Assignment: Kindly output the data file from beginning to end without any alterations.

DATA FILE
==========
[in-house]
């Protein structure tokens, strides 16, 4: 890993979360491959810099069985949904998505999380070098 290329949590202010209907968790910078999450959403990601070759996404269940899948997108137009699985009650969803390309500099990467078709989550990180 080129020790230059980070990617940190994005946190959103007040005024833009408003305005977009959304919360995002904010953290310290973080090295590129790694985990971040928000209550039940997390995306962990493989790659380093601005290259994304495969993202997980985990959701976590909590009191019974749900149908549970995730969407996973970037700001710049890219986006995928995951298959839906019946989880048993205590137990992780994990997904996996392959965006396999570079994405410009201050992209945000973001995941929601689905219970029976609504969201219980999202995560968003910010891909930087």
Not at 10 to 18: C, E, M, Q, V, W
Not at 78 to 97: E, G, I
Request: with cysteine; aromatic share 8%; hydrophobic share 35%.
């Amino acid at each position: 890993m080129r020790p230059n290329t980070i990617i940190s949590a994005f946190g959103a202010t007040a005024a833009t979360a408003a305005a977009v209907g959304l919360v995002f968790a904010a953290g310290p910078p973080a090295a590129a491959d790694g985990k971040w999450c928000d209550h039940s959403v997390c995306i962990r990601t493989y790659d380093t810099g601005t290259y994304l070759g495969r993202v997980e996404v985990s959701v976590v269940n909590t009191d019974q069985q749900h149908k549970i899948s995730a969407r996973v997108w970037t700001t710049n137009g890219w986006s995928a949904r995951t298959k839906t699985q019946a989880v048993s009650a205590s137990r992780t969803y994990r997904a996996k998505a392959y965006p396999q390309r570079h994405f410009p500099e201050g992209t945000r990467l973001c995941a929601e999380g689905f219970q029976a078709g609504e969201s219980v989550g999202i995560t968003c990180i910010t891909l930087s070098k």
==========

[in-house]
């Protein structure tokens, strides 16, 4: 890993979360491959810099069985949904998505999380070098 290329949590202010209907968790910078999450959403990601070759996404269940899948997108137009699985009650969803390309500099990467078709989550990180 080129020790230059980070990617940190994005946190959103007040005024833009408003305005977009959304919360995002904010953290310290973080090295590129790694985990971040928000209550039940997390995306962990493989790659380093601005290259994304495969993202997980985990959701976590909590009191019974749900149908549970995730969407996973970037700001710049890219986006995928995951298959839906019946989880048993205590137990992780994990997904996996392959965006396999570079994405410009201050992209945000973001995941929601689905219970029976609504969201219980999202995560968003910010891909930087």
Not at 10 to 18: C, E, M, Q, V, W
Not at 78 to 97: E, G, I
Request: with cysteine; aromatic share 8%; hydrophobic share 35%.
């Amino acid at each position: 890993m080129r020790p230059n290329t980070i990617i940190s949590a994005f946190g959103a202010t007040a005024a833009t979360a408003a305005a977009v209907g959304l919360v995002f968790a904010a953290g310290p910078p973080a090295a590129a491959d790694g985990k971040w999450c928000d209550h039940s959403v997390c995306i962990r990601t493989y790659d380093t810099g601005t290259y994304l070759g495969r993202v997980e996404v985990s959701v976590v269940n909590t009191d019974q069985q749900h149908k549970i899948s995730a969407r996973v997108w970037t700001t710049n137009g890219w986006s995928a949904r995951t298959k839906t699985q019946a989880v048993s009650a205590s137990r992780t969803y994990r997904a996996k998505a392959y965006p396999q390309r570079h994405f410009p500099e201050g992209t945000r990467l973001c995941a929601e999380g689905f219970q029976a078709g609504e969201s219980v989550g999202i995560t968003c990180i910010t891909l930087s070098k």